Year published :2009

Pages :378 pp.

Size :21x28 cm.

Color illustrations :Through-out

ISBN: 9789749511763

Burmese Painting: A Linear and Lateral History

by Andrew Ranard

Cloth and jacket

This is the first comprehensive history of Burmese painting, from eleventh-century Pagan to the present, including over 175 painters and more than 300 photographs of work. The book explores the historical transformations of the art, with psychological interpretations of major artists, the legends which followed them, and analysis of their oeuvres. It also probes the unusual lateral dimensions of Burmese painting, where one thousand years of tradition have continued to survive and shape a rich corpus of largely unknown work.

Ranard links the traditional roots of Burmese painting in India with later influences from China, Thailand, Britain, Northern Europe, and America. Burma is an isolated country, but its art has been a major wellspring of inspiration in Southeast Asia. Today, the country struggles to reconcile complex pressures, and Ranard digs deeply to uncover these layers of conflict as reflected in Burmese painting.

Ranard writes eloquently of his discovery of Burmese painting in 1994. “I felt as if I had landed on a Pitcairn Island of art, where some virtuoso European master had shipwrecked a century earlier and left a legacy of learning in his castaway descendents. As I returned to Burma on subsequent trips, and saw so many varieties of styles—dead in the outside world but coexisting in harmony in Burma—a better metaphor struck me. Burma was a Galapagos Islands of Art, where styles had evolved into arrested forms—strange-feathered birds that bore resemblance to the mainstream but which had shot off in unique directions.”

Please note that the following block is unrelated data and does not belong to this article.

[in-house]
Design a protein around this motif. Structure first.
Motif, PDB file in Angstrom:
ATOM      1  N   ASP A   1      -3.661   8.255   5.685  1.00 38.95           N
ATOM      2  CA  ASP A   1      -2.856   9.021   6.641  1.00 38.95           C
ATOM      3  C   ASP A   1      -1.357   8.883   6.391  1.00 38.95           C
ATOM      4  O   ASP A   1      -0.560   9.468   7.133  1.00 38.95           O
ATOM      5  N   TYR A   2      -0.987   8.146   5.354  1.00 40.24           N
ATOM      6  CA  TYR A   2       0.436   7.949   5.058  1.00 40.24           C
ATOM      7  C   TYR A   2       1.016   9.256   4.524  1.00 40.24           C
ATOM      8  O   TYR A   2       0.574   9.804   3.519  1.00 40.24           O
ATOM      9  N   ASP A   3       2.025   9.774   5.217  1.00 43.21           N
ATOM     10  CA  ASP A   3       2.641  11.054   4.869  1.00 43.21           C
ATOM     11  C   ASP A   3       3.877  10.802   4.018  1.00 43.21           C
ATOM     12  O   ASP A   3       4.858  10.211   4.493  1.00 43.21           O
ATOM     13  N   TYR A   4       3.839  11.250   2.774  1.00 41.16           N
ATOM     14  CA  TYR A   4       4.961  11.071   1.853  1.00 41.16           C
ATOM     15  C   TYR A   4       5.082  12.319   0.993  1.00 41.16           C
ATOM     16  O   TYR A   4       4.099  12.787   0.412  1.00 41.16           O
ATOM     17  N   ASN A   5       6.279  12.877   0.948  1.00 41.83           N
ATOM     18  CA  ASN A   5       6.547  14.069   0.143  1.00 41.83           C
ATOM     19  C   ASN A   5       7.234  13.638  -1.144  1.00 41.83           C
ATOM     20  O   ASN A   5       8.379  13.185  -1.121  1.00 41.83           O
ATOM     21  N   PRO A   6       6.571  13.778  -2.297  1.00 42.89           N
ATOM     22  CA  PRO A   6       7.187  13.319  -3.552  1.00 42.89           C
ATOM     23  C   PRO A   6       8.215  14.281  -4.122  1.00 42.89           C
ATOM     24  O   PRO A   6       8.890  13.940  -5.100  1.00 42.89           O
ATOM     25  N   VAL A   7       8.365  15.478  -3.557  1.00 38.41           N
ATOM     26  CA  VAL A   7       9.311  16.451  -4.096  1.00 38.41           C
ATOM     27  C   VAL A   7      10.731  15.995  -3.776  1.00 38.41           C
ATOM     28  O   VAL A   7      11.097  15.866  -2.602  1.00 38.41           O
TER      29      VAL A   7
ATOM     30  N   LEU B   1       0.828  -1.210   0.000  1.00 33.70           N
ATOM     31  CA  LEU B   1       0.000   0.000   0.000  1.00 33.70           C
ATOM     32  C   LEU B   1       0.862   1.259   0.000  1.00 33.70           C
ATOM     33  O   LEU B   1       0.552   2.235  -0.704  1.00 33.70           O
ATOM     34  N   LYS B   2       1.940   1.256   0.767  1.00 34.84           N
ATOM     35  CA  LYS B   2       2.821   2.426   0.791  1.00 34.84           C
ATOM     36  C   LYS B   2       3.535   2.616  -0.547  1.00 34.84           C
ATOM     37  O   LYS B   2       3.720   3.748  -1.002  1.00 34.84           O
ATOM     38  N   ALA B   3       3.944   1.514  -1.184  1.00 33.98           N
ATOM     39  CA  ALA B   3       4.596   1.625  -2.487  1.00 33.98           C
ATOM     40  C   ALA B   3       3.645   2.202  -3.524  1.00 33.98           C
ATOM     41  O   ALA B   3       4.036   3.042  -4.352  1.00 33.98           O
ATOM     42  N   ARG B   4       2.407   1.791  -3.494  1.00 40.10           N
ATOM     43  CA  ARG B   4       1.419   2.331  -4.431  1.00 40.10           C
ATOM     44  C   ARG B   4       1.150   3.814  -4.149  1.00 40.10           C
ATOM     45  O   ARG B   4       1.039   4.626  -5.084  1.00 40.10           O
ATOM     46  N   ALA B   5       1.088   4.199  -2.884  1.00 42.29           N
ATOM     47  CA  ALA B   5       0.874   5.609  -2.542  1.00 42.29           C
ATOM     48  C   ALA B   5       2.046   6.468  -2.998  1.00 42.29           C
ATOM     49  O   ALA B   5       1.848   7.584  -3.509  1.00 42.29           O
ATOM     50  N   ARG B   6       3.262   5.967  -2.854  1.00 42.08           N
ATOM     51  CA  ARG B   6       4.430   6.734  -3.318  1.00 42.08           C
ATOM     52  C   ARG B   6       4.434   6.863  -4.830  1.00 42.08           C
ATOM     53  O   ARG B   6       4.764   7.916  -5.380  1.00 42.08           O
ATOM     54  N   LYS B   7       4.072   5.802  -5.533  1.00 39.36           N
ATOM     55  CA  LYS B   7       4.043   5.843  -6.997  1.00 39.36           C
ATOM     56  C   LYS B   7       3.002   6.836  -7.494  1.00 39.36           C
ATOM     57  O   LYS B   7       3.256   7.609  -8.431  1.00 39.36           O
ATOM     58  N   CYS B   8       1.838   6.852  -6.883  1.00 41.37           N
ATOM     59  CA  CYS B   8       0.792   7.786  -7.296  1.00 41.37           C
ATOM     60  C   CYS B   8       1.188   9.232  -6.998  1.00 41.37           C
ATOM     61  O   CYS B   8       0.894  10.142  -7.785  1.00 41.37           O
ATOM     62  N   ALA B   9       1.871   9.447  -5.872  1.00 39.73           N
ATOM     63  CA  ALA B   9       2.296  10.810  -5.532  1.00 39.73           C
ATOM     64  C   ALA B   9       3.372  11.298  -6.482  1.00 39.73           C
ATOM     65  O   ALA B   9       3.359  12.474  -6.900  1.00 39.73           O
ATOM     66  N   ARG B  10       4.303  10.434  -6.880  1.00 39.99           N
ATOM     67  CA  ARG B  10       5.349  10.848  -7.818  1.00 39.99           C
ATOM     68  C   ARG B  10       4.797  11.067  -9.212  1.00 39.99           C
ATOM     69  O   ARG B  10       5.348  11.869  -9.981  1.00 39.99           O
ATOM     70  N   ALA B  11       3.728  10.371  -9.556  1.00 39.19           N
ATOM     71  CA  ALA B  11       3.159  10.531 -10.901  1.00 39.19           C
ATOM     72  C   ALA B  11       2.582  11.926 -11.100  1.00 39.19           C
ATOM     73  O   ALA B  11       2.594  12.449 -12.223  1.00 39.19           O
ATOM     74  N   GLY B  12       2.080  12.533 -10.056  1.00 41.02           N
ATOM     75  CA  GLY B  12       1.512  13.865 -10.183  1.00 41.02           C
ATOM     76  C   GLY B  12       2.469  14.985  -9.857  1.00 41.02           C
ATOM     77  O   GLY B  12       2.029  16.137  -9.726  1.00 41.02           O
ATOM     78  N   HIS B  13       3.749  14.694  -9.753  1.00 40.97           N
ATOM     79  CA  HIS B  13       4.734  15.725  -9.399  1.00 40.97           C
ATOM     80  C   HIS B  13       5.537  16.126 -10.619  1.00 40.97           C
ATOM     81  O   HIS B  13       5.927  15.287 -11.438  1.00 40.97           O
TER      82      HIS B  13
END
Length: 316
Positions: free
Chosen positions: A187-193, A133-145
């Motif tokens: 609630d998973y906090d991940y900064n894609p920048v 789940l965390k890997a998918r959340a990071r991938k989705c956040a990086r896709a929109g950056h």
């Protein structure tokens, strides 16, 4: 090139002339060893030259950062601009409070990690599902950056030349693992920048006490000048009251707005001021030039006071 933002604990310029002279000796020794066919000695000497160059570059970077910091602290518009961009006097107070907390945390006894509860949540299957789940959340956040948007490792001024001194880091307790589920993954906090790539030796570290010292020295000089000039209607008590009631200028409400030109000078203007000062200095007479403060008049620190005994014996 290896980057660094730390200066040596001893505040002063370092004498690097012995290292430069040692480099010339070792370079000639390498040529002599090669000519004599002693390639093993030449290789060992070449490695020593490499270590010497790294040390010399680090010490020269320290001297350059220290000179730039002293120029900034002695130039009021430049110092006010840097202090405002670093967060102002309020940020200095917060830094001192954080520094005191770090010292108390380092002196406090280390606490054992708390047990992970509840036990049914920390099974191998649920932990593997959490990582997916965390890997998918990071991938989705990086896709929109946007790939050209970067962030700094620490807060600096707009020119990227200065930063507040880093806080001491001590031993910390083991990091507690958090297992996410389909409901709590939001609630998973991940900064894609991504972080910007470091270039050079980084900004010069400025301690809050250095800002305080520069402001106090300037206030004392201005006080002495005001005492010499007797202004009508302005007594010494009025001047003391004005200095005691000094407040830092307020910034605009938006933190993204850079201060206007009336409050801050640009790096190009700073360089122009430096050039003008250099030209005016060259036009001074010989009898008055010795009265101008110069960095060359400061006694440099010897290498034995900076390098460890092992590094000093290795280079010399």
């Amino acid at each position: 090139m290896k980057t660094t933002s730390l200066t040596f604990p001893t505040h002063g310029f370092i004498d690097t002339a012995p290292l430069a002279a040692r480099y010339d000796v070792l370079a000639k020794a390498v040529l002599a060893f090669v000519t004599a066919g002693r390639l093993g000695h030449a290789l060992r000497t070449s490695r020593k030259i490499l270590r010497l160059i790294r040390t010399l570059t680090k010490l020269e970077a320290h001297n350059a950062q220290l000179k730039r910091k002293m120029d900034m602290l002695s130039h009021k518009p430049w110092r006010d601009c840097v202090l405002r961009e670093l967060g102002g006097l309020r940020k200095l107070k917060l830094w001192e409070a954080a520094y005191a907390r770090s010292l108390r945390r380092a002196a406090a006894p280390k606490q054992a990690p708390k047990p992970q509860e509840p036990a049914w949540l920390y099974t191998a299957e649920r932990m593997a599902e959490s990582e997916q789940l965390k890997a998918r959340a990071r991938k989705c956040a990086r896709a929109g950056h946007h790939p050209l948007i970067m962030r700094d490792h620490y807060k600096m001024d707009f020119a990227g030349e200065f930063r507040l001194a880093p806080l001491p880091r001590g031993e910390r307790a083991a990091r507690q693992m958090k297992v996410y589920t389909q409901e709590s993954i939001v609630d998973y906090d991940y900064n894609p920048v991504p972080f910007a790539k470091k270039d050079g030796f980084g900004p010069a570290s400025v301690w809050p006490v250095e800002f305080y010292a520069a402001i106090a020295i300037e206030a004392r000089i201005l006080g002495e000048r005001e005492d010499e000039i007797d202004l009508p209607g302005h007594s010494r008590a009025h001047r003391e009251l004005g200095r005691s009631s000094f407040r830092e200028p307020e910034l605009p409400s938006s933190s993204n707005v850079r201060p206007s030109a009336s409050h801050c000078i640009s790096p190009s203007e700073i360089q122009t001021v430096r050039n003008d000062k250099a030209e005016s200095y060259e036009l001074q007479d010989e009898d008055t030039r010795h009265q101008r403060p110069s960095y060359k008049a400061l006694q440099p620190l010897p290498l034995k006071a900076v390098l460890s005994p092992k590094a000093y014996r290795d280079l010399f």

About the author

Andrew Ranard has lived in Burma and other Asian counties. His feature articles on the culture and arts of Asian societies have appeared in the New York Times and the International Herald Tribune. In 1994, he began collecting Burmese paintings and provided the Singapore Art Museum and the Fukuoka Asian Art Museum with major portions of their collections of works by late Burmese artists. He presently lectures at universities in Japan.


Awards and Recognition